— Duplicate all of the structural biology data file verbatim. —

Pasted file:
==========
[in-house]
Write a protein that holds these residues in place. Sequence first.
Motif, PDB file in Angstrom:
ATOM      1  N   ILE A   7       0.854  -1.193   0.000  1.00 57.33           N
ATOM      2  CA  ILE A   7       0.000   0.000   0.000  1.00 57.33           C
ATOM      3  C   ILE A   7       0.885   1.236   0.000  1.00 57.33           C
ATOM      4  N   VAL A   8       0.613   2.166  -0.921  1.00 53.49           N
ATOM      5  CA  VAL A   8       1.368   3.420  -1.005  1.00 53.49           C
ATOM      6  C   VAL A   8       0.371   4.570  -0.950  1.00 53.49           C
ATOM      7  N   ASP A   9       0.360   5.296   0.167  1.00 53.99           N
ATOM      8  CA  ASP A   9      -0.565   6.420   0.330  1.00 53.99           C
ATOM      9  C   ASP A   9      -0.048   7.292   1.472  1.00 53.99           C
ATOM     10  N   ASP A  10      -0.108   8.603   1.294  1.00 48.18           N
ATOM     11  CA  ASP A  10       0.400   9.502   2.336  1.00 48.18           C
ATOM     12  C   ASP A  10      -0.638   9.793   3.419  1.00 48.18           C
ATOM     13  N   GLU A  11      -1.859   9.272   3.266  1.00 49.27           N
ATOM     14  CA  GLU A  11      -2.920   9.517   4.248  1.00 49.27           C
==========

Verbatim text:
[in-house]
Write a protein that holds these residues in place. Sequence first.
Motif, PDB file in Angstrom:
ATOM      1  N   ILE A   7       0.854  -1.193   0.000  1.00 57.33           N
ATOM      2  CA  ILE A   7       0.000   0.000   0.000  1.00 57.33           C
ATOM      3  C   ILE A   7       0.885   1.236   0.000  1.00 57.33           C
ATOM      4  N   VAL A   8       0.613   2.166  -0.921  1.00 53.49           N
ATOM      5  CA  VAL A   8       1.368   3.420  -1.005  1.00 53.49           C
ATOM      6  C   VAL A   8       0.371   4.570  -0.950  1.00 53.49           C
ATOM      7  N   ASP A   9       0.360   5.296   0.167  1.00 53.99           N
ATOM      8  CA  ASP A   9      -0.565   6.420   0.330  1.00 53.99           C
ATOM      9  C   ASP A   9      -0.048   7.292   1.472  1.00 53.99           C
ATOM     10  N   ASP A  10      -0.108   8.603   1.294  1.00 48.18           N
ATOM     11  CA  ASP A  10       0.400   9.502   2.336  1.00 48.18           C
ATOM     12  C   ASP A  10      -0.638   9.793   3.419  1.00 48.18           C
ATOM     13  N   GLU A  11      -1.859   9.272   3.266  1.00 49.27           N
ATOM     14  CA  GLU A  11      -2.920   9.517   4.248  1.00 49.27           C